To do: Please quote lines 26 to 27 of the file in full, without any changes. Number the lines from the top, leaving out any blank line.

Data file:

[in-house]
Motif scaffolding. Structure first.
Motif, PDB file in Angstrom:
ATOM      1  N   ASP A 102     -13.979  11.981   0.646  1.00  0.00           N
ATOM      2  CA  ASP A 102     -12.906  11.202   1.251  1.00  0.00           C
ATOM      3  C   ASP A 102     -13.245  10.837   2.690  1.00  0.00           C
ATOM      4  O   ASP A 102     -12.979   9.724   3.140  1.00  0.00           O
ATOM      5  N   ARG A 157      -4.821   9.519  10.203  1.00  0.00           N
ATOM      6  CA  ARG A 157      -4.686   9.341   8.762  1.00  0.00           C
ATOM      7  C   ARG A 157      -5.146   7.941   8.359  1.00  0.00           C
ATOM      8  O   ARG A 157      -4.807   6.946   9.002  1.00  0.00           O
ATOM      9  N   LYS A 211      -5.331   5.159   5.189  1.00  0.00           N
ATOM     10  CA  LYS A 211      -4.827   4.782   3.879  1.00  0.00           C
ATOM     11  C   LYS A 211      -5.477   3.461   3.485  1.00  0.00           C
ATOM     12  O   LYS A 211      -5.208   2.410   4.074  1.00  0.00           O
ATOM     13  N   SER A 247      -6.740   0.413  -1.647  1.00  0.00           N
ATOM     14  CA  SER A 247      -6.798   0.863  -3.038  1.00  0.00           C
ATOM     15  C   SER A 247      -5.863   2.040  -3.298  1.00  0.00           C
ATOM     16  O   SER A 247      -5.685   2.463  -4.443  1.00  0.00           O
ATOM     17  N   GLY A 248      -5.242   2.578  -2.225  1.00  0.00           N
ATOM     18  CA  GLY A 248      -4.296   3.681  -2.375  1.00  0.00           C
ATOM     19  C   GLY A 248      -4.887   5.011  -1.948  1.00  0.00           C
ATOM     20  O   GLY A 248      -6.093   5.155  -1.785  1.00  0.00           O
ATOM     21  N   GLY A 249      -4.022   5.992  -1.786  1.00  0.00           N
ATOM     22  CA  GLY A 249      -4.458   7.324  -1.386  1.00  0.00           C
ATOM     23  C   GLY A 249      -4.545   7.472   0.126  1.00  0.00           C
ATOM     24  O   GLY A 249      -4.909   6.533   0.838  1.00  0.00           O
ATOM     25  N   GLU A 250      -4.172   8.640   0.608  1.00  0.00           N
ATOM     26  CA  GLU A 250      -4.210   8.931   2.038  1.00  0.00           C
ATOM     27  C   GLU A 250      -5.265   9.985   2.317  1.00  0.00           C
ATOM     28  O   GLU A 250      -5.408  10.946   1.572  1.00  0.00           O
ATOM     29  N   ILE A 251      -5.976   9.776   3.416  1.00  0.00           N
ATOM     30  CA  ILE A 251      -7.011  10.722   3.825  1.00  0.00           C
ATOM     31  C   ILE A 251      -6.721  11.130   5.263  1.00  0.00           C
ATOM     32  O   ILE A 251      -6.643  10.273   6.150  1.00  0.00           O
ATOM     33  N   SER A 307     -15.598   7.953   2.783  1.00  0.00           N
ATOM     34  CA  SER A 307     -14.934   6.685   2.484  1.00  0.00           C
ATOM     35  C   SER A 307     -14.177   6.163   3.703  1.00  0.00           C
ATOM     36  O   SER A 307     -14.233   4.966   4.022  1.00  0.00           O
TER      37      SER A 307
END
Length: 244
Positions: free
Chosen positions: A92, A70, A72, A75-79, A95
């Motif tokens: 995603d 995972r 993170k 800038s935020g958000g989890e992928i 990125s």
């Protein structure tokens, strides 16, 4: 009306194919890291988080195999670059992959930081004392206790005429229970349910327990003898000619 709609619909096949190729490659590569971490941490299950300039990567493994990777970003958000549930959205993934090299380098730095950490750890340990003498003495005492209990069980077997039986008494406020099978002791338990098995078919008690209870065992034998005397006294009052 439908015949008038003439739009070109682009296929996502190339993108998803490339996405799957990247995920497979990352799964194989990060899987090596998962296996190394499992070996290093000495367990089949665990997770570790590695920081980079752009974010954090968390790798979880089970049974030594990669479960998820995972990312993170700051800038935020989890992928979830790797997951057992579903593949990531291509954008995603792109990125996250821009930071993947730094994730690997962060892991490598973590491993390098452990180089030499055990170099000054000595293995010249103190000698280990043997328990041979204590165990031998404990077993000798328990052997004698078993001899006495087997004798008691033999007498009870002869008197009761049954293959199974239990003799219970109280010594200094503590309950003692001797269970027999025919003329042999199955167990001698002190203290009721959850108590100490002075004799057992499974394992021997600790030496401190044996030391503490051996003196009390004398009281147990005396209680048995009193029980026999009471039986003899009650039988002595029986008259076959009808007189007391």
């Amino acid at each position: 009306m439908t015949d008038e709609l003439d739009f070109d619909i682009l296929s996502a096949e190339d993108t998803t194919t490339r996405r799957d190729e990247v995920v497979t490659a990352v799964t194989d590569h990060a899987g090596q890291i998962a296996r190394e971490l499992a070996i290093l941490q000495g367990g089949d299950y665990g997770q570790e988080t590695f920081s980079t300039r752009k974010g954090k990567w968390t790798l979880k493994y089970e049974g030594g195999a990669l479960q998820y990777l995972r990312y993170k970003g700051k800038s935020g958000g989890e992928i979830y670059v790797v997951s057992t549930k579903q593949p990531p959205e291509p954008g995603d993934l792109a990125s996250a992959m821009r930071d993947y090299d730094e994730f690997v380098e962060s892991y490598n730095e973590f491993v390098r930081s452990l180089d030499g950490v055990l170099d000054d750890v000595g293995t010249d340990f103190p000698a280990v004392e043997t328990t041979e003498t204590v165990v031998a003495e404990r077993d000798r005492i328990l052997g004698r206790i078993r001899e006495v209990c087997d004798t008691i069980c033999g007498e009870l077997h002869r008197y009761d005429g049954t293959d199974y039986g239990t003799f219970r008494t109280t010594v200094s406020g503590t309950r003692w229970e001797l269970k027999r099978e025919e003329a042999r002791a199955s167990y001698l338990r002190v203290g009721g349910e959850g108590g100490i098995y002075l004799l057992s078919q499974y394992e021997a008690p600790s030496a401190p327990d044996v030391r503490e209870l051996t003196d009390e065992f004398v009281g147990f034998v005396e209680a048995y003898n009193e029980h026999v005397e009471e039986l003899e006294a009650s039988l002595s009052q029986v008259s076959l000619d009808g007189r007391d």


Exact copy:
ATOM     23  C   GLY A 249      -4.545   7.472   0.126  1.00  0.00           C
ATOM     24  O   GLY A 249      -4.909   6.533   0.838  1.00  0.00           O